Why Do People Start Training?
Why do people start training and what should you be looking for in an academy? I think to start, allow me to tell my story as I imagine some can relate. I came to Jiu Jitsu because at the time, I lived in a rough neighborhood for the first time in my life and had already run into a few situations where I was forced to realize that I did not actually know the first thing about fighting. Sure, I worked out and wasn’t really a small guy but as you will soon find out, how much you bench does not equal how well you fight.
As a result of this there was obviously a strong desire to learn how to defend myself and my family. I was in search of something that would make me a tough guy, well, let’s say tougher guy, because at that time in my life with my zero martial arts classes ever, I thought I was tough. The reality is I was soon going to finds out how untrue that thinking was.
I started on my journey to find the martial arts academy that was going to make me a tough guy, a fighter, someone who can defend themselves, you know the drill all the typical macho crap that so many people believe until they start training.
I was lucky enough to cross paths with someone that was opening a Jiu Jitsu academy near me and he convinced me to give it a shot on one of the first days he was open. Not knowing what to expect and being nervous or what was to come I reluctantly agreed. Looking back, at that time I had no idea what “good” looked like. Now fast forward several years later and I recognize the signs of what made it great. Don’t worry, I won’t keep this a secret so here we go, we will dive into that and see what you should be looking for when you walk into an academy.
Before we dive in, let me tell you about my very first day on the mats. I was greeted at the door by the owner and head instructor for the academy with a friendly handshake and smile. He told me where to change, where to put my stuff and what to do while I waited on class to start. What you may not realize is having someone have the foresight to tell the new start all of these things goes a long way because then it lessens the number of questions they need to ask which in turn helps them feel more like they fit in, at least, that’s how it worked for me.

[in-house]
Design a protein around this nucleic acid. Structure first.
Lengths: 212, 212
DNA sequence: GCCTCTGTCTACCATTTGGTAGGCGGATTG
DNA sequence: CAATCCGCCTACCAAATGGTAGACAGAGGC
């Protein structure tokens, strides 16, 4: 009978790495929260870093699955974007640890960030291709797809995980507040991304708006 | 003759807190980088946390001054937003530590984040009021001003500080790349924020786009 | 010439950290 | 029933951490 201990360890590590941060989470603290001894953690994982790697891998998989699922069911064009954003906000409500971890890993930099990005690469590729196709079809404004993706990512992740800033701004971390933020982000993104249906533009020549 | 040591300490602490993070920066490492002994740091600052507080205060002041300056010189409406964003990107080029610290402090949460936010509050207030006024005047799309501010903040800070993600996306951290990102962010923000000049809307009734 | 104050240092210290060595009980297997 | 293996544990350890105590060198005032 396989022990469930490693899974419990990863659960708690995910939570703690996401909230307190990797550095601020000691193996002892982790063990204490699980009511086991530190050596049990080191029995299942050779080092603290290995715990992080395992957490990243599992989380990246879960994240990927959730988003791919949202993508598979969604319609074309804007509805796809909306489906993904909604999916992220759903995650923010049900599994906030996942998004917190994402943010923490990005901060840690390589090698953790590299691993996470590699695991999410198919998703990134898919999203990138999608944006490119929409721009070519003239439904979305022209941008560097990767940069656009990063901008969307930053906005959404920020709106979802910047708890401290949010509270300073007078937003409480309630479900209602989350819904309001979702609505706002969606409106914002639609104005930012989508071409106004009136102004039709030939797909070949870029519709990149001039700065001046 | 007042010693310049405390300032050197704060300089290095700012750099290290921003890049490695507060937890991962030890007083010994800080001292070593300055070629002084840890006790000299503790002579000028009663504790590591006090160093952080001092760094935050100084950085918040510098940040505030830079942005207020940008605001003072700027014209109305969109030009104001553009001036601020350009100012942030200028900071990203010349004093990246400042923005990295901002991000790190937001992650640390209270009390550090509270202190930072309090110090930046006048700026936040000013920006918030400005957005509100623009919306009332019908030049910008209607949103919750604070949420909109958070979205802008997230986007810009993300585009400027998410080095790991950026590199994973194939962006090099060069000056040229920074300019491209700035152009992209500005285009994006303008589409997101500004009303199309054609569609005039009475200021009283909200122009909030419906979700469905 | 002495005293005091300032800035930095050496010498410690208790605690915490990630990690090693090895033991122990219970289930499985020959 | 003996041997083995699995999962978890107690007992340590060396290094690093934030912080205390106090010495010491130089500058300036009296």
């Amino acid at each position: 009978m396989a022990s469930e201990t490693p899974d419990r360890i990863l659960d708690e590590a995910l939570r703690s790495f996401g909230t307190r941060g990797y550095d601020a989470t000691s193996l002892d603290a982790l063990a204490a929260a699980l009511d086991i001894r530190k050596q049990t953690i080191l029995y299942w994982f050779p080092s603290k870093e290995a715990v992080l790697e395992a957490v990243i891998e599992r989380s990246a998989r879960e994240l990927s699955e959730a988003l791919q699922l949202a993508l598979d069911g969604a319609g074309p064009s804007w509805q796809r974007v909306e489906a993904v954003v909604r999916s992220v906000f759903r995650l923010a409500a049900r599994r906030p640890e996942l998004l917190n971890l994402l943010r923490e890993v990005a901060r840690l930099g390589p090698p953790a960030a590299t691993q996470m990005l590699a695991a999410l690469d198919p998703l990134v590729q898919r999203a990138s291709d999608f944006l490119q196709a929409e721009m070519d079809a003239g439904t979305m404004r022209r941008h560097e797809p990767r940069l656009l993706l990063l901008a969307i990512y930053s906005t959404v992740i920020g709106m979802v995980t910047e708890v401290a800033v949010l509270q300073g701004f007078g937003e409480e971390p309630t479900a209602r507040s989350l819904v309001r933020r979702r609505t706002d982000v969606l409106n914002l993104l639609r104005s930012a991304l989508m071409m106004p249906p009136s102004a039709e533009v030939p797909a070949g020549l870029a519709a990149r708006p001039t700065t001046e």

Once class started, I was partnered up with a veteran blue belt that was very friendly and helpful but also helped me realize just how much I didn’t know. We trained together for the class doing the techniques shown and he would correct me and assist me in getting the technique to a “good enough for day 1” state. This went a long way because when I left there I had learned something, granted, I was no Gordon Ryan, but I left there knowing a few positions and no longer being completely oblivious.
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Upon finishing class they asked me what I thought and when I was coming back. I was hooked. I can not pin point why, but I think a combination of loving Jiu Jitsu and the vibe I felt upon walking in the door I just knew it was the right place for me. I genuinely hope that this article will help you to fine the same happiness in your academy. When I look back at who I was when I started and who I am now, I can confidently say that Jiu Jitsu played a big part in helping me become the person I am now. I can’t wait for you to have a similar experience and to see how far we can take this.
The absolute first thing you need to look at is the vibe of the environment. How does it feel when you walk in, is it inviting, do you like being there, does it feel comfortable or is it the opposite? Is it dirty, are there maintenance issues? While you may or may not see the importance of this initially, trust me when I say you want to pay attention. Generally speaking, the instructor’s attention to detail and commitment to keeping the academy well-kept like transfers over to their commitment to their teaching skills and their own continued training. You want to train at a place where the instructors and students take pride in how the academy looks.